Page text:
Baked Tomatoes

Boy, was I wrong.

Wrong about local tomatoes that are coming into the farmers’ markets right now, gorgeous, firm, red, both sweet and acidic beauties that I’m using to bake alla gratinata.  

Wrong because in the off season, I content myself with hydroponic vine-ripened tomatoes that do have a little flavor, that are firm enough to be transported who-knows-how-many hundreds or more likely thousands of miles to get the local Kroger, firm enough to withstand 120 minutes in the oven at 350 F and miraculously retain their shape and make a pretty good graté. But the local tomatoes are besting the vine-ripeneds this summer, blowing them right out of the oven.

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Lentils, not Freckles

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Tizi suggests a new menu item for New Year’s Eve. A local tradition in Romagna, her region of Italy. I’m sure I’ve heard the word “lentils” before in Italian and decide to try it out. Use or lose it, right?  “But why lentiggini?” I ask.

“For good luck,” she says. “And it’s lenticchie.  Lentiggini are freckles.”

Lentils, not freckles.

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Panforte: Best Served in Slab Form

While we’re in Italy, Tizi accumulates treasures. Mainly chocolate. Over time we’ve put providers on our maps, in Rome, Florence, Siena, Venice. When we’re hanging out in San Marino and Pesaro, which is usually the case, her go-to place is Cioccolatteria & Confetteria Talmone. Now we have a new place, in nearby Fano.  But…, but…

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Into the Mix

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One of the delights in eating in Romagna (and I hazard to guess all over Italy) is the “misto.” 

The mix. 

Where I come from, eating fish you usually get one thing. Your appetizer is one thing–a tartar, half a dozen oysters, a bowl of mussels. And your main course is usually one thing–fillet of whitefish, fillets of perch, a chunk of salmon or tuna or swordfish, some crab legs or a lobster tail. Want to taste something besides what’s on your plate? Poach a bite from your wife’s when she’s not looking.  

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Pass the Oil, Please

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The truth of the matter is, much of what I’m eating today is an excuse to consume olive oil.  Salads with spiral-cut zucchini and arugula and tuna–it’s a dish that wants a generous anointing with extra virgin olive oil.  Fava beans with chopped tomato–oh, yes, let there be oil. On a steak or a slab of fish, oil provides a definite enhancement. Last night, snacking lightly, I ate a chunk of bread leftover from lunch, giving it a drizzle of olive oil to soak into those dried dimples and crevices, topped with a few slices of mozzarella and leftover scraps of zucchini spirals.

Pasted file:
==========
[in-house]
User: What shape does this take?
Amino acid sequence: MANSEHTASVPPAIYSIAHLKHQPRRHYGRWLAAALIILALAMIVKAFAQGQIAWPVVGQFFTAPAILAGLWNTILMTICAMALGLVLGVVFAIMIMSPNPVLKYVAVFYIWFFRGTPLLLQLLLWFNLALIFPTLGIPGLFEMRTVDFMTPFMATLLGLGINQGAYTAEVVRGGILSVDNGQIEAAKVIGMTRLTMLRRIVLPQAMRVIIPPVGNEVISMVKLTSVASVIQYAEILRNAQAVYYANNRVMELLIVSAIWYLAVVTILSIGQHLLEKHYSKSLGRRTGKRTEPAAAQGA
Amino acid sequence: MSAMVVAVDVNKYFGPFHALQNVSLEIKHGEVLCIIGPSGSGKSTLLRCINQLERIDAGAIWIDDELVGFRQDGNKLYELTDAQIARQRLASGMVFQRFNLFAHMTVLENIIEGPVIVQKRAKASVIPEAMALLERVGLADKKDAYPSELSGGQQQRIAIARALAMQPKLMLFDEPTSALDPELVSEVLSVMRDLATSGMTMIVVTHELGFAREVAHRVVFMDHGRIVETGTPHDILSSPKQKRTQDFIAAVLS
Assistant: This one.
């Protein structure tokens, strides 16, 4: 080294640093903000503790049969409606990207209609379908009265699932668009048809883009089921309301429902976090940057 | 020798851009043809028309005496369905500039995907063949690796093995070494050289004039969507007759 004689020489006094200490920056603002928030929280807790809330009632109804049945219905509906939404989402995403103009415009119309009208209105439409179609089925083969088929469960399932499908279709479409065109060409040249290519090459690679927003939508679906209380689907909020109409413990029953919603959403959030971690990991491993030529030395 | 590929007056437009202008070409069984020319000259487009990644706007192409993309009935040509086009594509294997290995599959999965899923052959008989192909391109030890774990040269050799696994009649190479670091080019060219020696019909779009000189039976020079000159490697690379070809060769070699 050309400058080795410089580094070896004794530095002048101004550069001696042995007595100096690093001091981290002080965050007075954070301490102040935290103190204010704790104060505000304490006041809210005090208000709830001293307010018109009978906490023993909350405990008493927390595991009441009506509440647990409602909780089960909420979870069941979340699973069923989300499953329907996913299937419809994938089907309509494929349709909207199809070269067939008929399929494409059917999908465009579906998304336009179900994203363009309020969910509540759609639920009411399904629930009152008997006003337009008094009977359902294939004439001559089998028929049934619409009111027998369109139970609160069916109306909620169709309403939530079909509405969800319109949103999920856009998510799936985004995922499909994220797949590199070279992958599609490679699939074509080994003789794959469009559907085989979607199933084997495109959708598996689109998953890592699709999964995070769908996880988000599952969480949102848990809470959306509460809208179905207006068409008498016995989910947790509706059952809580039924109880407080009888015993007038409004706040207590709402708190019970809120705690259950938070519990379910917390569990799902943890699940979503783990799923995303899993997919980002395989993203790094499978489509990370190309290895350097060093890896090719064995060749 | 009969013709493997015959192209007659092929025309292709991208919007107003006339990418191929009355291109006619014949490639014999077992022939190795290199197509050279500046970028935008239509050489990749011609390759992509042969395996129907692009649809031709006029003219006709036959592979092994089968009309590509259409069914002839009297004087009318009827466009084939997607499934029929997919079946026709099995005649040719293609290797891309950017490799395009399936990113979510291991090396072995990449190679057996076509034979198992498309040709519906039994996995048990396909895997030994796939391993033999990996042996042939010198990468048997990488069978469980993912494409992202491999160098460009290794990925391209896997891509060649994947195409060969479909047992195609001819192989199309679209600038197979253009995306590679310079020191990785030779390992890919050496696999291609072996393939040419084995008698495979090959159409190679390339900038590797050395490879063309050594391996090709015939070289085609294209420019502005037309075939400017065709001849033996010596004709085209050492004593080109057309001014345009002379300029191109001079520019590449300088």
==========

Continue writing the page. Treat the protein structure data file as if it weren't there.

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About the Parsley

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The parsley war continues.

My wife and I disagree.  The question is not whether to use it. We’re both parsley positive. The issue is when, during cooking or added afterward as a garnish.  I’m during, she’s after.

It has not always been thus. For many years we lived in perfect harmony, parsley-wise. Diced parsley was one of those first-things-first things, like diced or chopped onion-celery-carrot. Then one day a chef friend came to dinner.  We must have had something long-cook on the stove, like a braised meat. He raised the lid and lowered his face to the pan. “Always add parsley near the end,” he said. “Cooked, parsley is bitter.” It was a pronouncement. He confirmed what my wife must have always sensed. He named it. And that was that.

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Taste Your Feet

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I’ve got wellness on my mind.

“Canducci Tiziana.”  That’s how they call my wife when it’s her turn. Last name first. We’re at the Repubblica di San Marino Instituto di Sicurezza Sociale (aka the hospital), where she’s here to see an orthopedic doc.  A few weeks ago at the Bargello museum in Florence, while I was in the gallery at the top of the stairs, the one with Donatello’s David and Giambologna‘s Mercury, two fleet-footed guys, looking with new-found interest at theirs and other sculpted feet, while she was climbing the stairs to join me, something happened and she tumbled down six or eight steps, injuring a few of her appendages.  To wit: a knee and a wrist.

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Erbe in abbondanza

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A staple at the table around here is “erbe.” Google Translate says erbe means “herb” in English. Google Translate is entitled to its opinion. The word erbe covers a wide spectrum of green stuff. (Plug “cut the grass” into Google Translate and you get “tagliare l’erbe.”)

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Piadina e Stracchino. Meglio di cosi?

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If you are eating in Romagna, you’re eating piada.  Piada is the standard issue flat bread they bring to the table, usually hot off the griddle. Each eating establishment puts its own thumbprint on their piada (aka piadina, the affectionate diminutive)–ranging from flaky (frolla) to brittle.

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